Pediatric Hearing Loss
Hearing loss can be congenital or a result of external factors after birth. Our doctors at Pediatric ENT Associates in Birmingham work together with audiologists and speech therapists in order to get your child the comprehensive care they need after suffering from auditory damage of any kind. There are a variety of solutions available for helping children hear better, from hearing aids to cochlear implants to sign language. A thorough assessment and evaluation will determine which path is best for your toddler, and we at Pediatric ENT Associates are happy to accompany you every step of the way.
What Are the Signs of Hearing Loss in Babies?
In some cases, newborns who pass hearing screenings in the first few days after birth may still exhibit signs of hearing loss as they get older. It is therefore important to continue monitoring for signs of hearing loss by being aware of certain hearing milestones that your child must reach in the first year of life:
- Newborns startle in reaction to sudden loud noises
- By 3 months, infants usually are already able to recognize a parent’s voice
- By 6 months, babies can turn their heads or eyes toward a sound they hear
- By 12 months, babies can usually mimic some sounds or attempt to say a few words such as “mama”
What Are the Signs of Hearing Loss in Children?
Older children may develop hearing loss without showing any previous signs when they were younger. Signs that your toddler might have hearing loss include:
- Difficulty in understanding what other people are saying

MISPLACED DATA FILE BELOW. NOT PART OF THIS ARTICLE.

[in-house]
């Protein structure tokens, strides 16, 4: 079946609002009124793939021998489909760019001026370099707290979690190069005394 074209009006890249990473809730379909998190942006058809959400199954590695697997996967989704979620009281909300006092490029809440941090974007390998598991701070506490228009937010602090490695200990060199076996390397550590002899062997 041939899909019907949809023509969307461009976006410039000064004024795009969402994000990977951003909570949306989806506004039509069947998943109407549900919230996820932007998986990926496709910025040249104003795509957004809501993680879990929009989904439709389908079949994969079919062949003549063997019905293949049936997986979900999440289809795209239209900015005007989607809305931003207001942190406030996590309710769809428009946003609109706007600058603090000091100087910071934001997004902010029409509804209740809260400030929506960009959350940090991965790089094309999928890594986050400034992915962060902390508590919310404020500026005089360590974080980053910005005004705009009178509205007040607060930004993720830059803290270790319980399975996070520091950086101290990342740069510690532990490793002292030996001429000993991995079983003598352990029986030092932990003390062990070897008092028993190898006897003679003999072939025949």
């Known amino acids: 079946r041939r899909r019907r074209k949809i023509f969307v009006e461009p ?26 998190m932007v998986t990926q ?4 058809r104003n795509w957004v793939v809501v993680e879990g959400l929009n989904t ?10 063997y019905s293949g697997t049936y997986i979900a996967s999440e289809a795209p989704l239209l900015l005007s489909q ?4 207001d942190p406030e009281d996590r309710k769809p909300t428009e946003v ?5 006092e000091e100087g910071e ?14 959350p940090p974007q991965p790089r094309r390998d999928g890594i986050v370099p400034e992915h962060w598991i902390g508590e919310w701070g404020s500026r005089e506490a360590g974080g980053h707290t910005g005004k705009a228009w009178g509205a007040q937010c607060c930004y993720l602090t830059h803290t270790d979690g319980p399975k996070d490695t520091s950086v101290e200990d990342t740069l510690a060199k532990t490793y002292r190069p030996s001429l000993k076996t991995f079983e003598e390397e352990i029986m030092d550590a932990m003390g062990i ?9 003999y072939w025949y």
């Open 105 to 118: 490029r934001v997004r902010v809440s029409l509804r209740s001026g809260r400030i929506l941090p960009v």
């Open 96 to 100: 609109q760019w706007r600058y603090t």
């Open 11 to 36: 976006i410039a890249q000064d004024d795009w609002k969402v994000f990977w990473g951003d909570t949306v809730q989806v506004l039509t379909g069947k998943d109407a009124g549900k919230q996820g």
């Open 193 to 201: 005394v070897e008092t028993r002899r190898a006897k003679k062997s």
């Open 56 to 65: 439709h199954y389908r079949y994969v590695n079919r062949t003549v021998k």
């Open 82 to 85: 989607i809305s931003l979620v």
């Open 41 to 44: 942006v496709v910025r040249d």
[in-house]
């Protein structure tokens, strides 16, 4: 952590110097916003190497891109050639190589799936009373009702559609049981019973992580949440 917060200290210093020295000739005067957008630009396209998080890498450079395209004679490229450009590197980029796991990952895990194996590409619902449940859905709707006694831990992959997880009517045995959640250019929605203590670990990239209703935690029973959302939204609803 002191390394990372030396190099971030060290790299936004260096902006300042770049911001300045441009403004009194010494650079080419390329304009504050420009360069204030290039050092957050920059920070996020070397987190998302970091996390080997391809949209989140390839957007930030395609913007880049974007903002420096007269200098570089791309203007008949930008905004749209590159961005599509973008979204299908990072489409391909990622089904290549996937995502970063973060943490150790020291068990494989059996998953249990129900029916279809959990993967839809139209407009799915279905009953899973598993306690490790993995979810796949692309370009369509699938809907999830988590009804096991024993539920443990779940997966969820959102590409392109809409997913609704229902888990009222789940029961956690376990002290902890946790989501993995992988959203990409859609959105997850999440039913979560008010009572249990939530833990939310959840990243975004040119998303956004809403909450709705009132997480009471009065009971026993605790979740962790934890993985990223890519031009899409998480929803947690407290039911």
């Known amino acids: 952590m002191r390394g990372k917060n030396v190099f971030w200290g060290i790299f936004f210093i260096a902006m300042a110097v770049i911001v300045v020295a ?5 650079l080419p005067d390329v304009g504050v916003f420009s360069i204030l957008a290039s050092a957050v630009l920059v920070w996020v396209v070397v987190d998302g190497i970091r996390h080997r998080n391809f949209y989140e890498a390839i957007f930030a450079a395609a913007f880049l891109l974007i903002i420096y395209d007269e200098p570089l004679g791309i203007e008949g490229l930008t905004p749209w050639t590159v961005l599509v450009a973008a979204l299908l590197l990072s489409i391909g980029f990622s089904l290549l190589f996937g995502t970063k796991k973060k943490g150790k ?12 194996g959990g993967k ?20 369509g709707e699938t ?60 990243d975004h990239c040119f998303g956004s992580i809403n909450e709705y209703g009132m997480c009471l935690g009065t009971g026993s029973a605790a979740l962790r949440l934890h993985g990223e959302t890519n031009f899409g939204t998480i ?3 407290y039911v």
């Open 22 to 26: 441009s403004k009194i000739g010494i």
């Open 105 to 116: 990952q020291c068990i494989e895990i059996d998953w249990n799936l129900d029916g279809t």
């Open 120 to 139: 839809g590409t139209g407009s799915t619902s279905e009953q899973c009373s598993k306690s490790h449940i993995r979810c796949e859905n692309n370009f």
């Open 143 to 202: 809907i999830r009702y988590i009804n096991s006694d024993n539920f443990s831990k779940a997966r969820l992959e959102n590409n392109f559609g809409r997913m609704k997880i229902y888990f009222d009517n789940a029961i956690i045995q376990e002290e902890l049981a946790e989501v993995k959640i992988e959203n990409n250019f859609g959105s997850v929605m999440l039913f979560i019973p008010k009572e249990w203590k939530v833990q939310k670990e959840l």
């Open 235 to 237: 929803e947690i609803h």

- Speaking differently than other children his or her age
- Does not reply when his or her name is called
- Complains of earaches
- Has limited or no speech
- Misunderstands questions and responds incorrectly
- Sits close to the TV or turns up the volume to an unusually high level
- Difficulty in learning or starting to have problems academically
- Shows signs of behavioral problems or social difficulties
- Shows delay in speech and language
- Closely watches others in order to imitate their actions or watches a speaker’s voice intently to lip read
- Frequently inattentive
- Easily frustrated and experiences frequent communication breakdowns
What Causes Hearing Loss in Children?
Congenital hearing loss is when the loss is present from birth. Genetics are generally the primary factor in this type of loss. If one or both parents carry a dominant hearing loss gene, the chances are high that it will be passed on to the child. If one or both parents carry a recessive gene, the chances are smaller but still there. In some cases, the mother may pass on a recessive gene to male children but not females.
Hearing loss in one ear is a trait associated with some hereditary syndromes, as well. Down syndrome, Usher syndrome, and Alport syndrome are a few conditions that carry the condition as a symptom.
Non-hereditary factors that may contribute to congenital hearing loss include prenatal infections, prematurity, illnesses, toxins consumed by the mother during pregnancy, and other conditions that may have occurred at the time of birth. Examples of conditions that can cause hearing loss, which can be mild to profound in degree, include:
- Maternal diabetes
- Intrauterine infections (e.g., rubella, herpes simplex virus, cytomegalovirus)
- Complications associated with the Rh factor in the blood
- Lack of oxygen (anoxia)
- Drug or alcohol abuse by the mother or smoking during pregnancy
One of the main causes of non-congenital hearing loss in children in Birmingham is otitis media or inflammation of the middle ear. Otitis media is usually associated with fluid buildup behind the eardrum due to undeveloped Eustachian tubes.